Why The COVID-19 Omicron Variant Means You Should Rethink Your Cloth Mask

At the start of the pandemic, many people referenced online instructional videos to construct their own DIY face masks at home. Using everyday objects such as elastic hair bands and a t-shirt, people began donning self-made face masks to protect themselves and others from COVID-19 infection (via Healthline). These cloth face coverings were a widely used alternative early on in the pandemic as the U.S. endured shortages of face masks and other PPE, as explained in a report by Elsevier Public Health Emergency Collection. Since then, many decorative and stylish versions of cloth face masks have been, and continue to be, sold in stores.

While cloth masks can be made out of different materials, researchers have since determined that the crisscross fibers of cotton face coverings prove most effective at filtering potentially contaminated particles when compared to other fabrics (via National Institute of Standards and Technology). Even so, science continues to show that when compared to the effectiveness of medical or N95 masks in the prevention of COVID-19, cloth masks simply do not hold up.

As cited in the scientific journal, Emerging Infectious Diseases, findings of a 2020 study state, "The filtration, effectiveness, fit, and performance of cloth masks are inferior to those of medical masks and respirators." Now, with the surge of the COVID-19 Omicron variant, health experts believe that cloth masks may no longer be a viable defense against the virus.

Cloth masks can be used for additional layering but should not be worn alone

Medical analyst and emergency physician Dr. Leana Wen states told CNN, "Cloth masks are little more than facial decorations. There's no place for them in light of Omicron." Wen went on to say that while cloth masks may be used as additional protective covering when placed over a "three-ply surgical mask," they should not be worn as one's sole form of protection against the very contagious variant.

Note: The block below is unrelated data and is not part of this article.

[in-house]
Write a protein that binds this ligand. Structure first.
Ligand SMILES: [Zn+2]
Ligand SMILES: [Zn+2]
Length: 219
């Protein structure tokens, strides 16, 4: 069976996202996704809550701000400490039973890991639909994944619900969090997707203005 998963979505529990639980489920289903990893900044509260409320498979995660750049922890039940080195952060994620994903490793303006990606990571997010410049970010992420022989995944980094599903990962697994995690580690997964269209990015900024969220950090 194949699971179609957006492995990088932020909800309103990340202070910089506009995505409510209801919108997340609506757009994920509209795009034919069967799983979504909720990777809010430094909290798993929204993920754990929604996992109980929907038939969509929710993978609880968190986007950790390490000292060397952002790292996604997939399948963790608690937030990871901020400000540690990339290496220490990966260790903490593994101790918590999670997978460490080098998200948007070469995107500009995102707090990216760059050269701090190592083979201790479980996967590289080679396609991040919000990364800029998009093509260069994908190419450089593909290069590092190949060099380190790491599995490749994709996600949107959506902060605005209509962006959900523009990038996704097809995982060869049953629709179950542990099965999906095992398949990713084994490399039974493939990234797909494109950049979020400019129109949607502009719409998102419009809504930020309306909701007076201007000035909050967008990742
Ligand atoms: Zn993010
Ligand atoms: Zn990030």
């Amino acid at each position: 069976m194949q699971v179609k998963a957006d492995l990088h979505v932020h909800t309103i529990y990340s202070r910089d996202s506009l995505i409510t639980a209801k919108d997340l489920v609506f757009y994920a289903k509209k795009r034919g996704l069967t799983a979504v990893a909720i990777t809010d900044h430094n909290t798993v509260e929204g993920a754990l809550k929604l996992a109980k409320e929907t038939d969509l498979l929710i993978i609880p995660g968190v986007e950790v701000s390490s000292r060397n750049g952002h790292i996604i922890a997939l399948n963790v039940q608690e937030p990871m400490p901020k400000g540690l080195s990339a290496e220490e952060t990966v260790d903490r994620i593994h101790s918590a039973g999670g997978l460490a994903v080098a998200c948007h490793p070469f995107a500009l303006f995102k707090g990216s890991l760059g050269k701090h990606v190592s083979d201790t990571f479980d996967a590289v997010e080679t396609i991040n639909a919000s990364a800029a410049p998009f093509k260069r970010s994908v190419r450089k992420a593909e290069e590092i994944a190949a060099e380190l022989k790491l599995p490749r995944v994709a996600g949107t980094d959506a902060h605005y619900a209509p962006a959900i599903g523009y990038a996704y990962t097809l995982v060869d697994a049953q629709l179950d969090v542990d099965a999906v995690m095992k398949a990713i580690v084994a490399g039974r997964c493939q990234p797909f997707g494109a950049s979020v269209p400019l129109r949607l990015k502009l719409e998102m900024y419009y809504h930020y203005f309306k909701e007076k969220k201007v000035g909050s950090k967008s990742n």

Rather than cloth masks, Wen advises the use of KN95 or N95 face masks. Erin Bromage, associate professor of biology at the University of Massachusetts Dartmouth, explained the difference in filtration effectiveness between cloth masks and N95 masks, telling CNN that while cloth masks can serve as a barrier against large droplets, N95s can protect against both large and small air particles.

N95 respirator masks approved by the National Institute for Occupational Safety and Health can filter up to 95% of air particles, according to the Centers for Disease Control and Prevention. An N95 mask only has between 1 to 10% of inward and outward leakage, while a cloth mask shows a rate of 75% inward and outward leakage, according to the American Conference of Governmental Industrial Hygienists.

In light of the surge of the highly transmissible Omicron variant, former U.S. Surgeon General Dr. Jerome Adams told CNN, "We need to be promoting better high-quality masks everywhere, because right now a single-layer cloth mask just isn't cutting it against Omicron."